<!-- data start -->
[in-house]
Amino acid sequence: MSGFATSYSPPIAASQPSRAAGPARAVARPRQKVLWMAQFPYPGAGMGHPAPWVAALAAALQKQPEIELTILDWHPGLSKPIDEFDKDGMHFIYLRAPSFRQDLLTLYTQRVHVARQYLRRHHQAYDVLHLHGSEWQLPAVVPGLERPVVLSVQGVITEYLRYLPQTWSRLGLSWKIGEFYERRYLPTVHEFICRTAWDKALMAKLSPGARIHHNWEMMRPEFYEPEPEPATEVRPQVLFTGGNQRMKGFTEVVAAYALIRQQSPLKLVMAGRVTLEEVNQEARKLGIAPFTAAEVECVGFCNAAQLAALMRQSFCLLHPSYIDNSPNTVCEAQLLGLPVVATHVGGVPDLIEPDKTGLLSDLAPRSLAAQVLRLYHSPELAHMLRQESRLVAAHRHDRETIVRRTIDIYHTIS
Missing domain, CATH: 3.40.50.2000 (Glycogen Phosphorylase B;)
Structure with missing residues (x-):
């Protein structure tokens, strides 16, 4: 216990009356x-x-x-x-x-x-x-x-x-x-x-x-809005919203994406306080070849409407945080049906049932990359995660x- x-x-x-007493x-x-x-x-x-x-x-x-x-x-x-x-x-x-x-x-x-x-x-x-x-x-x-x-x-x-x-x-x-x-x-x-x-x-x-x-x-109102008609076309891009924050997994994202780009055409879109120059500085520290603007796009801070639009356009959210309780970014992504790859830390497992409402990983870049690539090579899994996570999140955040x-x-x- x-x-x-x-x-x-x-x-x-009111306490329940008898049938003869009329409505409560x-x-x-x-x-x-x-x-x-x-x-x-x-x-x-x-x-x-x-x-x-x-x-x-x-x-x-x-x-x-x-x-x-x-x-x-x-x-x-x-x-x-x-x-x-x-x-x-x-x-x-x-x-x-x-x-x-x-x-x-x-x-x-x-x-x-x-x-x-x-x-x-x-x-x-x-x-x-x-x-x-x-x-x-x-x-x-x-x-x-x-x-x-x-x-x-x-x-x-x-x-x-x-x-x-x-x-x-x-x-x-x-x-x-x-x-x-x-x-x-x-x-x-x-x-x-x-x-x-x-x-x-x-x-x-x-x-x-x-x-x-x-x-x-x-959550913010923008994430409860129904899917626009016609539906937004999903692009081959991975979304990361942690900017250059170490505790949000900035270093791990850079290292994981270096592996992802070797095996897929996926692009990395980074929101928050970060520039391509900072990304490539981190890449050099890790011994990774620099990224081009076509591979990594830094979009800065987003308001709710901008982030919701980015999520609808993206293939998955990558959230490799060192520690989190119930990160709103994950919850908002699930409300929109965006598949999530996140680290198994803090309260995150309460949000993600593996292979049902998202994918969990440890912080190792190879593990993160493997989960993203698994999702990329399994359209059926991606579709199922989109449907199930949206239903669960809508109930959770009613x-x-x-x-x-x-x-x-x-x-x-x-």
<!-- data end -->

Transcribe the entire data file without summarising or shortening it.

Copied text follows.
[in-house]
Amino acid sequence: MSGFATSYSPPIAASQPSRAAGPARAVARPRQKVLWMAQFPYPGAGMGHPAPWVAALAAALQKQPEIELTILDWHPGLSKPIDEFDKDGMHFIYLRAPSFRQDLLTLYTQRVHVARQYLRRHHQAYDVLHLHGSEWQLPAVVPGLERPVVLSVQGVITEYLRYLPQTWSRLGLSWKIGEFYERRYLPTVHEFICRTAWDKALMAKLSPGARIHHNWEMMRPEFYEPEPEPATEVRPQVLFTGGNQRMKGFTEVVAAYALIRQQSPLKLVMAGRVTLEEVNQEARKLGIAPFTAAEVECVGFCNAAQLAALMRQSFCLLHPSYIDNSPNTVCEAQLLGLPVVATHVGGVPDLIEPDKTGLLSDLAPRSLAAQVLRLYHSPELAHMLRQESRLVAAHRHDRETIVRRTIDIYHTIS
Missing domain, CATH: 3.40.50.2000 (Glycogen Phosphorylase B;)
Structure with missing residues (x-):
């Protein structure tokens, strides 16, 4: 216990009356x-x-x-x-x-x-x-x-x-x-x-x-809005919203994406306080070849409407945080049906049932990359995660x- x-x-x-007493x-x-x-x-x-x-x-x-x-x-x-x-x-x-x-x-x-x-x-x-x-x-x-x-x-x-x-x-x-x-x-x-x-x-x-x-x-109102008609076309891009924050997994994202780009055409879109120059500085520290603007796009801070639009356009959210309780970014992504790859830390497992409402990983870049690539090579899994996570999140955040x-x-x- x-x-x-x-x-x-x-x-x-009111306490329940008898049938003869009329409505409560x-x-x-x-x-x-x-x-x-x-x-x-x-x-x-x-x-x-x-x-x-x-x-x-x-x-x-x-x-x-x-x-x-x-x-x-x-x-x-x-x-x-x-x-x-x-x-x-x-x-x-x-x-x-x-x-x-x-x-x-x-x-x-x-x-x-x-x-x-x-x-x-x-x-x-x-x-x-x-x-x-x-x-x-x-x-x-x-x-x-x-x-x-x-x-x-x-x-x-x-x-x-x-x-x-x-x-x-x-x-x-x-x-x-x-x-x-x-x-x-x-x-x-x-x-x-x-x-x-x-x-x-x-x-x-x-x-x-x-x-x-x-x-x-x-959550913010923008994430409860129904899917626009016609539906937004999903692009081959991975979304990361942690900017250059170490505790949000900035270093791990850079290292994981270096592996992802070797095996897929996926692009990395980074929101928050970060520039391509900072990304490539981190890449050099890790011994990774620099990224081009076509591979990594830094979009800065987003308001709710901008982030919701980015999520609808993206293939998955990558959230490799060192520690989190119930990160709103994950919850908002699930409300929109965006598949999530996140680290198994803090309260995150309460949000993600593996292979049902998202994918969990440890912080190792190879593990993160493997989960993203698994999702990329399994359209059926991606579709199922989109449907199930949206239903669960809508109930959770009613x-x-x-x-x-x-x-x-x-x-x-x-």